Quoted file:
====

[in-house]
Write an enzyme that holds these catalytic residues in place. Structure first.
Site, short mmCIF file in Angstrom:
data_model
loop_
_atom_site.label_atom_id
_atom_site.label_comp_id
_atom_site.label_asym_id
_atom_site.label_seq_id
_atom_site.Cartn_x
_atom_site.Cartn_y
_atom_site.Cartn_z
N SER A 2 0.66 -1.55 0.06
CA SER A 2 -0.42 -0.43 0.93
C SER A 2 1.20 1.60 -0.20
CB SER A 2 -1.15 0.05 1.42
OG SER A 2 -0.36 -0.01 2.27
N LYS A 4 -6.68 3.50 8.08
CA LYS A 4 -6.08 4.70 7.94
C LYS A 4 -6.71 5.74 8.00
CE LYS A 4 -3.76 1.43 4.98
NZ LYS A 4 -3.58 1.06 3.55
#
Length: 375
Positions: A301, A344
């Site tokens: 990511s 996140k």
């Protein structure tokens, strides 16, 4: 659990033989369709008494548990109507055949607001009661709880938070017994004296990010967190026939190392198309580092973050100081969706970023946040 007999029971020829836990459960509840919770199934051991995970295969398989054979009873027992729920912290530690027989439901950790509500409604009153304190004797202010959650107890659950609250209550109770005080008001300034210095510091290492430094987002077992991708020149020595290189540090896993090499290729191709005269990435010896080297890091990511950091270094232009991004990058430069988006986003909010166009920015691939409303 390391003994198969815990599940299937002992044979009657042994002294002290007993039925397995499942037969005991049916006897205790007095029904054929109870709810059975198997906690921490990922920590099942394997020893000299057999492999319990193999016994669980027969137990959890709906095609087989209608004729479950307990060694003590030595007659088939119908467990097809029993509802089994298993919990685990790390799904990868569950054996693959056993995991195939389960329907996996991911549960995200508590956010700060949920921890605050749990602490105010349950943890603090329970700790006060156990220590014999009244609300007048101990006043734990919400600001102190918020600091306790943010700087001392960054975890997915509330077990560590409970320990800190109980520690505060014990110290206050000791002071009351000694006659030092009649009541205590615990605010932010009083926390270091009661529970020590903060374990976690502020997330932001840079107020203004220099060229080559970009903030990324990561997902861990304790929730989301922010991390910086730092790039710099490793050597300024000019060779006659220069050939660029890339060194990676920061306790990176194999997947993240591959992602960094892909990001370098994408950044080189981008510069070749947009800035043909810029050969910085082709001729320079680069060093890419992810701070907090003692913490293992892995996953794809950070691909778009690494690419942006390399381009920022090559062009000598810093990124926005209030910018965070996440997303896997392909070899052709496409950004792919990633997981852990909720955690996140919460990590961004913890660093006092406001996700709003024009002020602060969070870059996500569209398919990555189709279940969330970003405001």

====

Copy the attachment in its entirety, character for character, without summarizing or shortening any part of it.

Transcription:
[in-house]
Write an enzyme that holds these catalytic residues in place. Structure first.
Site, short mmCIF file in Angstrom:
data_model
loop_
_atom_site.label_atom_id
_atom_site.label_comp_id
_atom_site.label_asym_id
_atom_site.label_seq_id
_atom_site.Cartn_x
_atom_site.Cartn_y
_atom_site.Cartn_z
N SER A 2 0.66 -1.55 0.06
CA SER A 2 -0.42 -0.43 0.93
C SER A 2 1.20 1.60 -0.20
CB SER A 2 -1.15 0.05 1.42
OG SER A 2 -0.36 -0.01 2.27
N LYS A 4 -6.68 3.50 8.08
CA LYS A 4 -6.08 4.70 7.94
C LYS A 4 -6.71 5.74 8.00
CE LYS A 4 -3.76 1.43 4.98
NZ LYS A 4 -3.58 1.06 3.55
#
Length: 375
Positions: A301, A344
């Site tokens: 990511s 996140k």
């Protein structure tokens, strides 16, 4: 659990033989369709008494548990109507055949607001009661709880938070017994004296990010967190026939190392198309580092973050100081969706970023946040 007999029971020829836990459960509840919770199934051991995970295969398989054979009873027992729920912290530690027989439901950790509500409604009153304190004797202010959650107890659950609250209550109770005080008001300034210095510091290492430094987002077992991708020149020595290189540090896993090499290729191709005269990435010896080297890091990511950091270094232009991004990058430069988006986003909010166009920015691939409303 390391003994198969815990599940299937002992044979009657042994002294002290007993039925397995499942037969005991049916006897205790007095029904054929109870709810059975198997906690921490990922920590099942394997020893000299057999492999319990193999016994669980027969137990959890709906095609087989209608004729479950307990060694003590030595007659088939119908467990097809029993509802089994298993919990685990790390799904990868569950054996693959056993995991195939389960329907996996991911549960995200508590956010700060949920921890605050749990602490105010349950943890603090329970700790006060156990220590014999009244609300007048101990006043734990919400600001102190918020600091306790943010700087001392960054975890997915509330077990560590409970320990800190109980520690505060014990110290206050000791002071009351000694006659030092009649009541205590615990605010932010009083926390270091009661529970020590903060374990976690502020997330932001840079107020203004220099060229080559970009903030990324990561997902861990304790929730989301922010991390910086730092790039710099490793050597300024000019060779006659220069050939660029890339060194990676920061306790990176194999997947993240591959992602960094892909990001370098994408950044080189981008510069070749947009800035043909810029050969910085082709001729320079680069060093890419992810701070907090003692913490293992892995996953794809950070691909778009690494690419942006390399381009920022090559062009000598810093990124926005209030910018965070996440997303896997392909070899052709496409950004792919990633997981852990909720955690996140919460990590961004913890660093006092406001996700709003024009002020602060969070870059996500569209398919990555189709279940969330970003405001």